The Rise of Eco-fascism: Nature, Nazis, and Green Ideology, by Janet Biehl and Peter Staudenmaier

Vala’s Reich: The Idealisation of Nature and the Denigration of Humanity

It may come as a surprise to learn that the history of ecological politics has not always been inherently and necessarily progressive and benign. In fact, ecological ideas have a history of being distorted and placed in the service of highly regressive ends — even of fascism itself. As this article shows, important tendencies in German “ecologism,” which has long roots in nineteenth-century nature mysticism, fed into the rise of Nazism in the twentieth century.

During the Third Reich, Nazi “ecologists” even made organic farming, vegetarianism, nature worship, and related themes into key elements not only in their ideology but in their governmental policies. Moreover, Nazi “ecological” ideology was used to justify the destruction of European Jewry. Yet some of the themes that Nazi ideologists articulated bear an uncomfortably close resemblance to themes familiar to ecologically concerned people today.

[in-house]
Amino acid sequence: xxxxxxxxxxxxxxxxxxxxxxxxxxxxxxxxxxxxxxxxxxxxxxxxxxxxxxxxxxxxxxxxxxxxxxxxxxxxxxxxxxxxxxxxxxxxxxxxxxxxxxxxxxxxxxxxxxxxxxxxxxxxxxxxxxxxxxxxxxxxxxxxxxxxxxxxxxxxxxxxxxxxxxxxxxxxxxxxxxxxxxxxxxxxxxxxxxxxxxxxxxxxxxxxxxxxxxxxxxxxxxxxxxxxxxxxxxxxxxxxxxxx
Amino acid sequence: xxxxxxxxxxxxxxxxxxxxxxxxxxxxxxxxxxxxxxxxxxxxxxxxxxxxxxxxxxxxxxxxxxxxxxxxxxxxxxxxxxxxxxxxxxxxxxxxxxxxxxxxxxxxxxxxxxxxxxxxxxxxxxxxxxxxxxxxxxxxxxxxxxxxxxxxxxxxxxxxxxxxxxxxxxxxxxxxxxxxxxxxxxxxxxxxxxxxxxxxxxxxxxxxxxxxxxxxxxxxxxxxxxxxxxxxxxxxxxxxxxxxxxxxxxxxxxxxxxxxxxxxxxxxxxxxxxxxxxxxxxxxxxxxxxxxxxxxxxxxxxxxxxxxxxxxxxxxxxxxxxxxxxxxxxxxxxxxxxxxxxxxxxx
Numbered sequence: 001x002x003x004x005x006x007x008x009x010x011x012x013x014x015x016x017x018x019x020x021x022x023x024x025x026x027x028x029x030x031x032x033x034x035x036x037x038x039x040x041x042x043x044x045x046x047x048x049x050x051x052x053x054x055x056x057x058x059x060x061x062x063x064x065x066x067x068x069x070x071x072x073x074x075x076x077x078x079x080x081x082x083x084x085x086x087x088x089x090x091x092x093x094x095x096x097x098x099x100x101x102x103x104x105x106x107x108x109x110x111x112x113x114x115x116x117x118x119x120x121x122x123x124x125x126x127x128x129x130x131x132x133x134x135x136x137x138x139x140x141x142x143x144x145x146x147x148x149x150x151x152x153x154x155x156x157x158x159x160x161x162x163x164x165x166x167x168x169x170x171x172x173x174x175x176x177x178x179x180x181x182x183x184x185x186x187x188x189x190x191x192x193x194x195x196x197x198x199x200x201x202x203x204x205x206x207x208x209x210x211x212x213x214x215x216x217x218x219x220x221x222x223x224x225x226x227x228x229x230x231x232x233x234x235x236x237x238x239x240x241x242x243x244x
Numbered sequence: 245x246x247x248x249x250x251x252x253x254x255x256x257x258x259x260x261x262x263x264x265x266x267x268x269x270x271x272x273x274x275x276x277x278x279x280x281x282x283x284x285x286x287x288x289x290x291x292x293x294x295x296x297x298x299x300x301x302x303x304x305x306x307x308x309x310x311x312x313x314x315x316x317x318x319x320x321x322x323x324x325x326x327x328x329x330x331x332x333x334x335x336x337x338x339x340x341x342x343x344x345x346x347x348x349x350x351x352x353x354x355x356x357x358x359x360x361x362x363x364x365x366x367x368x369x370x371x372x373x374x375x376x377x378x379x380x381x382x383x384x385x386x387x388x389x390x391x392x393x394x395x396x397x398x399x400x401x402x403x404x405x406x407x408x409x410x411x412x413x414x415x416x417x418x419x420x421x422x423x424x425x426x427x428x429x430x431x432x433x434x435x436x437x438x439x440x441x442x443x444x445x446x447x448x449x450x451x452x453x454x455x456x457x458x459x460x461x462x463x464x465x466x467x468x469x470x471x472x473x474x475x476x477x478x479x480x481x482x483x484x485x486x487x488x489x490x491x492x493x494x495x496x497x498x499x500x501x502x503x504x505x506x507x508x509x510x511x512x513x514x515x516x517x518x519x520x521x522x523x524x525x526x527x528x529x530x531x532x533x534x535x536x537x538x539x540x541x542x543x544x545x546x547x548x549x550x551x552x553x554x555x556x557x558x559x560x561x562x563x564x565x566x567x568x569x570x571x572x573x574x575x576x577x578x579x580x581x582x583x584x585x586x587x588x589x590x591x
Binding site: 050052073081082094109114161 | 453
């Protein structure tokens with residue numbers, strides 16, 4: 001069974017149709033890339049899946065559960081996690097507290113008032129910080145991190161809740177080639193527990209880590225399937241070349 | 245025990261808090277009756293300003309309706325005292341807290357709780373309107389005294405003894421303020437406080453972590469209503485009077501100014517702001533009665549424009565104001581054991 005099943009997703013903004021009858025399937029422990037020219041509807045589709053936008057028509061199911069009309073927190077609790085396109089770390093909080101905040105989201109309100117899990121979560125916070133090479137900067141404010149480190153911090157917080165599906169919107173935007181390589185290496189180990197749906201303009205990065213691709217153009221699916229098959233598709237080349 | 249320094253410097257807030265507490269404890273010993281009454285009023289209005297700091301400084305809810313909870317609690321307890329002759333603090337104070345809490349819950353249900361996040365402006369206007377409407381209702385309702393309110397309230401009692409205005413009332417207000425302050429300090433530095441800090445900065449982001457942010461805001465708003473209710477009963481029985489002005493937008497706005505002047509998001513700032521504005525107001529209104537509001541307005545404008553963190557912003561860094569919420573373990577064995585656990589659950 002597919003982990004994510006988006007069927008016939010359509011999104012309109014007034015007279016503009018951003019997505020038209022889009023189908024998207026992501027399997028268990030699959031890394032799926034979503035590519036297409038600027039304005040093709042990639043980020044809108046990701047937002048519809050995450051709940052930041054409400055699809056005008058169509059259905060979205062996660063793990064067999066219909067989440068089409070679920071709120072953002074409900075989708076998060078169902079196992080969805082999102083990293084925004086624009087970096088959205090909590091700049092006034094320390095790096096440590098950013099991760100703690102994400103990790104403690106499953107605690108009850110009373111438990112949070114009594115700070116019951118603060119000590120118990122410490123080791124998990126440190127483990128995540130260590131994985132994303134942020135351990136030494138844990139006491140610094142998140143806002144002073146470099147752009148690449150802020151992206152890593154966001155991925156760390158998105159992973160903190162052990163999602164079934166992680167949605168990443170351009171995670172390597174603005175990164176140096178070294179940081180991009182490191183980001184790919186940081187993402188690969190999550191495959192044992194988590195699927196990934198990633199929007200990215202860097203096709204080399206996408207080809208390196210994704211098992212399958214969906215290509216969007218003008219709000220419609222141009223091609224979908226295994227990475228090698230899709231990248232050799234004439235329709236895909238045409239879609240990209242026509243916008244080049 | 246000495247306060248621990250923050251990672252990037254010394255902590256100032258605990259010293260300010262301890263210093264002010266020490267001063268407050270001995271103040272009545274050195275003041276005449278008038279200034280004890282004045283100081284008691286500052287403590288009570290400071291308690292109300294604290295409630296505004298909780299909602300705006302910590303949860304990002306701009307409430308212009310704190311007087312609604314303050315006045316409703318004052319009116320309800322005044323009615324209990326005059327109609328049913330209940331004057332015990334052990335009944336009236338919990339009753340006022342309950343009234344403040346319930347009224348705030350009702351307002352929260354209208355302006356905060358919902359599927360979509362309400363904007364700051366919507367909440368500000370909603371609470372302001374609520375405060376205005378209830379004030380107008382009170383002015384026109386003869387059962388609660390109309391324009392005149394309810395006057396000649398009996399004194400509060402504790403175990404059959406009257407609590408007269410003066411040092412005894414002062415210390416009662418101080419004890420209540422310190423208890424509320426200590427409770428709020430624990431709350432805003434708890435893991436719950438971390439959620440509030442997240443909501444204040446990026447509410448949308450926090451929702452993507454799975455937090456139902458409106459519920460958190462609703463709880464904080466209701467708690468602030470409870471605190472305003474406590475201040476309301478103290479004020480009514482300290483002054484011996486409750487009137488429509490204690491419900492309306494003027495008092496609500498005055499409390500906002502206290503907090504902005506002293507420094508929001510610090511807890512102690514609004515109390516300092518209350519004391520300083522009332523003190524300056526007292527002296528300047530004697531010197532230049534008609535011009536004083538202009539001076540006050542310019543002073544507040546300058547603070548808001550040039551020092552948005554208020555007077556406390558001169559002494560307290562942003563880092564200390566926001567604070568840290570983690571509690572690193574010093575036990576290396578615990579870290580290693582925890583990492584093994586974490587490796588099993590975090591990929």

Read More

Dynasties: A Review, by Rod Tweedy

How Late Capitalism Writes Itself Into Nature

‘David’, an ageing patriarch whose time at the top is nearly over and who is clearly anxious about challenges from his younger rivals and concerned with his legacy, narrates this compelling programme about ‘David’, an ageing patriarch whose time at the top is nearly over and who is clearly anxious about challenges from his younger rivals and concerned with his legacy.

The BBC’s new block-buster, Dynasties, can perhaps best be seen as an impressive and timely reflection of the unconscious concerns and obsessions of late capitalism – as Marx presciently observed, ‘The ideas of the ruling class are in every epoch the ruling ideas’ (e.g. ideas of power, dominance, hierarchy, survival as telos, become ‘naturalised’), and nowhere is this unconscious dynamic seen more clearly than in the dominant ideas of environmentalism.

Read More